My wife and I were watching the movie The Way Ahead (1944), shown as Immortal Battalion in a truncated version in the US, last night, the story of the transformation of a grumbling group of British civilians into soldiers, and I was struck by this speech given by the platoon commander after his unit intentionally messed up on maneuvers:
“When this regiment was formed our country was doing pretty badly. Napoleon’s armies were just across the channel getting ready to invade us, we’d had defeat after defeat, and a great many people thought we were finished. We weren’t… But, not because we were lucky.
When the first battalion of this regiment marched it was against Napoleon… Talavera, eighteen hundred and nine, that was the first battle they made their own, and they marched 42 miles in 24 hours of a Spanish Summer, and every man jack of ’em carried a sixty pound pack. Talavera, look at your cap badges, you’ll see the name on it, and the other battles too… Barrosa, Sabugal… At Sabugal, together with four companies of riflemen, they defeated five times the number of Napoleon’s troops… Salamanca, Orthez, Waterloo, Alma, Sebastopol, Tel el-Kebir, Mons, Ypres, Somme… Those are battle honours!
You’re allowed to wear that badge with those names on it to show that you belong the the regiment that won them, and that when the time comes you’ll do as well as they did. Last year that badge was in France, this year, in Libya. It hasn’t been disgraced yet… Now you’re wearing it.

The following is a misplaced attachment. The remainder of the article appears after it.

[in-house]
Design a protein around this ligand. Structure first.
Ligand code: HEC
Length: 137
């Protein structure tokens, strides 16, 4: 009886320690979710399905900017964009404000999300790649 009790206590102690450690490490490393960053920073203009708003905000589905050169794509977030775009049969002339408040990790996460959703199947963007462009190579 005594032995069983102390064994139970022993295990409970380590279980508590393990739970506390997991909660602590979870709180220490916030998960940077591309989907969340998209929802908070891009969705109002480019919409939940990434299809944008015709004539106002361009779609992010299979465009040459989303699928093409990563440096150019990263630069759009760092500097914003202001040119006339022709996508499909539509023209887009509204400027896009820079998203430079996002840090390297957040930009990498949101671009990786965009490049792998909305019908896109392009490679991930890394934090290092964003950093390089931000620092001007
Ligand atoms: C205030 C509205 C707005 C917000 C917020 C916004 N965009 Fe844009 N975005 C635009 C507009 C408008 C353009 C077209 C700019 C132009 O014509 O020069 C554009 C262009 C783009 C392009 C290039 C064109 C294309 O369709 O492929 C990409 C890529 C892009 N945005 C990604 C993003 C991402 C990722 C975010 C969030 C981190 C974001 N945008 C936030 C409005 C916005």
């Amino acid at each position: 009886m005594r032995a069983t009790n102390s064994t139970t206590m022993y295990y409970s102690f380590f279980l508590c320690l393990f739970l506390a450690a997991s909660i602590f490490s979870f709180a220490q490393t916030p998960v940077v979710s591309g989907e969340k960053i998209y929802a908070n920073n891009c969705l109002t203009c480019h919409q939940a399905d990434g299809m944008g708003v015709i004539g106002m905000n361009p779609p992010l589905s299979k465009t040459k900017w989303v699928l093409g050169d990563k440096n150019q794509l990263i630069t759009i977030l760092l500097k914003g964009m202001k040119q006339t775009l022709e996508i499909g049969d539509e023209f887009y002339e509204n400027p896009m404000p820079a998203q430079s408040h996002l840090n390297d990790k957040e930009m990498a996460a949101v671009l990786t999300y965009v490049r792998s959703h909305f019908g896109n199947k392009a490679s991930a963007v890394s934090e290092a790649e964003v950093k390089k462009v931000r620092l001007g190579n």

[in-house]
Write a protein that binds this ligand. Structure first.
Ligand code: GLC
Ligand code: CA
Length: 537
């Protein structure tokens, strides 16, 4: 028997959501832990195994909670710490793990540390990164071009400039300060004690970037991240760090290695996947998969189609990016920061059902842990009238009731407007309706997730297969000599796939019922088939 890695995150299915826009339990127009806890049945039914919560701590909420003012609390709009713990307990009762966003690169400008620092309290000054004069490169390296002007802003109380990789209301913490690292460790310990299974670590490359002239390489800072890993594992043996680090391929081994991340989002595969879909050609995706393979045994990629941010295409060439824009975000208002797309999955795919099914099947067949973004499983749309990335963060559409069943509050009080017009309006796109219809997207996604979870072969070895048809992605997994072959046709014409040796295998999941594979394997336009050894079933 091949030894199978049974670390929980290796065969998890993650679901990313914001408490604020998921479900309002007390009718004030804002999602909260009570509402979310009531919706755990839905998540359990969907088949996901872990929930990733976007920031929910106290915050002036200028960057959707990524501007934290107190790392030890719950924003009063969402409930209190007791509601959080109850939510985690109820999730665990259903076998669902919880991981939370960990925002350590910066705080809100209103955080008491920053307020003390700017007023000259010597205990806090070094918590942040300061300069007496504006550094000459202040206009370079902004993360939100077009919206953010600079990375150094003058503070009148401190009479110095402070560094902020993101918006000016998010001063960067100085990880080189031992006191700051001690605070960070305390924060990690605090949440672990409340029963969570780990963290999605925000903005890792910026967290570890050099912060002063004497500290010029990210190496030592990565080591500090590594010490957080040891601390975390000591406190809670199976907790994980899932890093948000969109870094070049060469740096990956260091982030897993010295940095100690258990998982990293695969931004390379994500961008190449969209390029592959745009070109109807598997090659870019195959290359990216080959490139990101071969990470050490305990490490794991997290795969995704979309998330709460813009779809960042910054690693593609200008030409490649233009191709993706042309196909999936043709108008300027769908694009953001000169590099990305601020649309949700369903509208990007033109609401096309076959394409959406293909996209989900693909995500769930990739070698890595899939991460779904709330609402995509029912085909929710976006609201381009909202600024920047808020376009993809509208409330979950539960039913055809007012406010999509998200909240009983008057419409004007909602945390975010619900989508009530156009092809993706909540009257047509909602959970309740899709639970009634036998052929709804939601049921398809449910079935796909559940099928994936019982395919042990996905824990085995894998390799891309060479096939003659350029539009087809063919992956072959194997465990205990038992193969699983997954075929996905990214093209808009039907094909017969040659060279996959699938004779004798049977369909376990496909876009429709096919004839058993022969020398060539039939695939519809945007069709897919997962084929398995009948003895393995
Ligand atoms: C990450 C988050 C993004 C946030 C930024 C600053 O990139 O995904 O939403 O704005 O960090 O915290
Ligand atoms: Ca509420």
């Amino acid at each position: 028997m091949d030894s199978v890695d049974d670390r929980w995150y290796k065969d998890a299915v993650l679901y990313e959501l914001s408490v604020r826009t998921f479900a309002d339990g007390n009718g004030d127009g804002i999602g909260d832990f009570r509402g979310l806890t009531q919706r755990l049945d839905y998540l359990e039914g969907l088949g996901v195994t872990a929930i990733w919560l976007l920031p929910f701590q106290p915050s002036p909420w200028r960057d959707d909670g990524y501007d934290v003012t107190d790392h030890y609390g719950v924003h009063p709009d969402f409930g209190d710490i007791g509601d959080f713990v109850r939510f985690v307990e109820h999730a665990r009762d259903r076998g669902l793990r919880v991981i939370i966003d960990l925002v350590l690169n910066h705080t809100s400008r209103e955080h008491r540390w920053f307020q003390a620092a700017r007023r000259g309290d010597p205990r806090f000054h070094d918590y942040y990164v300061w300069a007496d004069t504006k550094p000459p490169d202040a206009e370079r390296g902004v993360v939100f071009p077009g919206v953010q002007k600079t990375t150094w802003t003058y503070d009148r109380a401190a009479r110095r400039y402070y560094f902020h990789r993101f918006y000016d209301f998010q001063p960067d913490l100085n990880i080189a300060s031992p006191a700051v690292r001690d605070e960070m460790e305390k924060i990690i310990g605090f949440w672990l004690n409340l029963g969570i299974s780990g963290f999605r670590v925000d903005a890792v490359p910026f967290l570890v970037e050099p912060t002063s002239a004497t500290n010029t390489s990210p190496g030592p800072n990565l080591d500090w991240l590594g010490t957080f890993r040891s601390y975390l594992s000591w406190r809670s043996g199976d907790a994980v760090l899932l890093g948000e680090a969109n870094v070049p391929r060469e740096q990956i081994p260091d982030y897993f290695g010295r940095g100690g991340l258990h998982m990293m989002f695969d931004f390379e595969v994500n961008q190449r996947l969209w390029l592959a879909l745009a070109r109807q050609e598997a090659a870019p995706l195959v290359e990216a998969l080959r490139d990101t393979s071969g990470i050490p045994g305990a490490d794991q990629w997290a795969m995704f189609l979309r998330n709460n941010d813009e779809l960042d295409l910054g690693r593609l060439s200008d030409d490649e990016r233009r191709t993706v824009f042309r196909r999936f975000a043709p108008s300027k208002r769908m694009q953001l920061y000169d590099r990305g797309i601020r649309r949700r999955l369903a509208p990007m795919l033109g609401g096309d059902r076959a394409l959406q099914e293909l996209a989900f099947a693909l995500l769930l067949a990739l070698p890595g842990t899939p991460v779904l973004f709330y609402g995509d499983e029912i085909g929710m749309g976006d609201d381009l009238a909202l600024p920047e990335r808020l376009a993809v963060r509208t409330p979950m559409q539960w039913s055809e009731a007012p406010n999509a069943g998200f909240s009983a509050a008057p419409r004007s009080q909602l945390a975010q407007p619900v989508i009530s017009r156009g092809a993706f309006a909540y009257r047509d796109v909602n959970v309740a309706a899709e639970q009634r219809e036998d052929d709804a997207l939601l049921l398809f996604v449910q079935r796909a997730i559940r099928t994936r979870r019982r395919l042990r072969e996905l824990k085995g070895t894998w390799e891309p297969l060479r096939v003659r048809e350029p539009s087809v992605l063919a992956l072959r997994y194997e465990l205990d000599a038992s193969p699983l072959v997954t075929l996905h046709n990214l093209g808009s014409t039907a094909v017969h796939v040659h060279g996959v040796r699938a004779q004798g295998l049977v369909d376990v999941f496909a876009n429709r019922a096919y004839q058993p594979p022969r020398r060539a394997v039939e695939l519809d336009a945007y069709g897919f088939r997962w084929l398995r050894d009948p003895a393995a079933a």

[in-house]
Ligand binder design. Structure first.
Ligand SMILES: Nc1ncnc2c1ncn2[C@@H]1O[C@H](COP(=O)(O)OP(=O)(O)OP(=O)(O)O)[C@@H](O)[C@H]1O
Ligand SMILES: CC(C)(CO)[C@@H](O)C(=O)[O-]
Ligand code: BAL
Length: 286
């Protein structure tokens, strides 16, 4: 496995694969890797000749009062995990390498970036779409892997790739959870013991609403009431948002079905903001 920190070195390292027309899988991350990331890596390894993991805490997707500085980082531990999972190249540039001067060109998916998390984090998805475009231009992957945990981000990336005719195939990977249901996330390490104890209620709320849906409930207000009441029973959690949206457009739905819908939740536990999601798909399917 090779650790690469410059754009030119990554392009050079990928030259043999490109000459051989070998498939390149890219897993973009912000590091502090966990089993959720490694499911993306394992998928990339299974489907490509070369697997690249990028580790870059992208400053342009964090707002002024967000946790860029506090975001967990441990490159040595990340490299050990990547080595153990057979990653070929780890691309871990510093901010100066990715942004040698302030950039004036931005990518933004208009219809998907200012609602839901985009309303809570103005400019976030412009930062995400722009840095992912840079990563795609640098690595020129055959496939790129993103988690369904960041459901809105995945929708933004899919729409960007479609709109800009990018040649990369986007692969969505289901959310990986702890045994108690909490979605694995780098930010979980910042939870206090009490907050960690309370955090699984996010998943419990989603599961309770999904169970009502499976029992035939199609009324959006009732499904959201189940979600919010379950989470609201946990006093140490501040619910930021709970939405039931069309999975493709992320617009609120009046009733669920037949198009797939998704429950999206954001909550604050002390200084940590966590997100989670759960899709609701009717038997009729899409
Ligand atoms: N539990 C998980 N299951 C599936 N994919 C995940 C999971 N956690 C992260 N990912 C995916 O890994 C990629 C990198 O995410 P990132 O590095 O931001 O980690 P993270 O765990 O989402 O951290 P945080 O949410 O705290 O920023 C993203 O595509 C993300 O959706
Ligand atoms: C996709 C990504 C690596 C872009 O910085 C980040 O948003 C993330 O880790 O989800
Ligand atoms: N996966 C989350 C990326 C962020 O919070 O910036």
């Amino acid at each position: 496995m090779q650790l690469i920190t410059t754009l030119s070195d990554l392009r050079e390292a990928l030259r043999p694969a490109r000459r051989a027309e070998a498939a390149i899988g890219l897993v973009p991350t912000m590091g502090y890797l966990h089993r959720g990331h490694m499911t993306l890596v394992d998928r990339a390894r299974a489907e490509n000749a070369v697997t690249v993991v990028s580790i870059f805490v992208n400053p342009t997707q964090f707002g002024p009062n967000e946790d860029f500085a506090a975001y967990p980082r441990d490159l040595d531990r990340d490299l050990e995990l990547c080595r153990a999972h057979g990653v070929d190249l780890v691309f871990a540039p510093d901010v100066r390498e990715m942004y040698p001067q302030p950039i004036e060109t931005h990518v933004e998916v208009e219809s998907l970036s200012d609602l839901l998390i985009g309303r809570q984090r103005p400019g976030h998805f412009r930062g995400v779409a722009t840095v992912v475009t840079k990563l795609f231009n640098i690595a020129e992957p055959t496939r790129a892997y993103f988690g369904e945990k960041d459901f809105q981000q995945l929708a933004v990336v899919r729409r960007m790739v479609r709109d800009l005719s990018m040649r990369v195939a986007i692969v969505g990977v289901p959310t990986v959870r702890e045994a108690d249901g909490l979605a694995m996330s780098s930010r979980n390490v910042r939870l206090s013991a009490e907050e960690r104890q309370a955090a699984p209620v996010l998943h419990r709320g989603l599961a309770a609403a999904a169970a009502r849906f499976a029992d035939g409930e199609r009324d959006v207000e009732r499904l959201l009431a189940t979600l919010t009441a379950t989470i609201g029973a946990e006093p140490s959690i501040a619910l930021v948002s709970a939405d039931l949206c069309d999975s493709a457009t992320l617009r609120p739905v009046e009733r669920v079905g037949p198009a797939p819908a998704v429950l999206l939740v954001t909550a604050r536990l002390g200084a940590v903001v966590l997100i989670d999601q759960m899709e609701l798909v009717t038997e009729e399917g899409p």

I know what went wrong today, it so happens that Captain Edwards doesn’t. You needn’t worry, I’m not going to tell him, he’s quite depressed enough as it is to think that it was his company that let the whole battalion down. But, I just want to tell you this… If you ever get near any real fighting… I don’t suppose you’ll ever be good enough, but, if you do… You’ll find that you’re looking to other men not to let you down. If you’re lucky, you’ll have soldiers like Captain Edwards and Sergeant Fletcher to look to. If they’re lucky, they’ll be with another company!”
The actor delivering the speech was the late David Niven. It is a brilliant evocation of history to remind members of a unit that they are part of a chain stretching through time and it is up to them not to dishonor by their actions those who came before in that chain. As we make our way through this Vale of Tears it is something to remember since we all belong to such chains: family, church, nation, fraternal organizations, bands of friends, etc. Our actions do not impact only ourselves.
David Niven was not a mere Hollywood soldier. Before the War he had served as an officer in the British Army. Growing bored with the peacetime army he resigned his commission and took up acting. On the outbreak of War he rejoined the British Army, rising in rank during the War to Lieutenant Colonel. After the Normandy invasion he served in combat with a unit which located and reported the position of enemy units. He rarely spoke about his experiences during the War. When asked why he said this:
I will, however, tell you just one thing about the war, my first story and my last. I was asked by some American friends to search out the grave of their son near Bastogne. I found it where they told me I would, but it was among 27,000 others, and I told myself that here, Niven, were 27,000 reasons why you should keep your mouth shut after the war.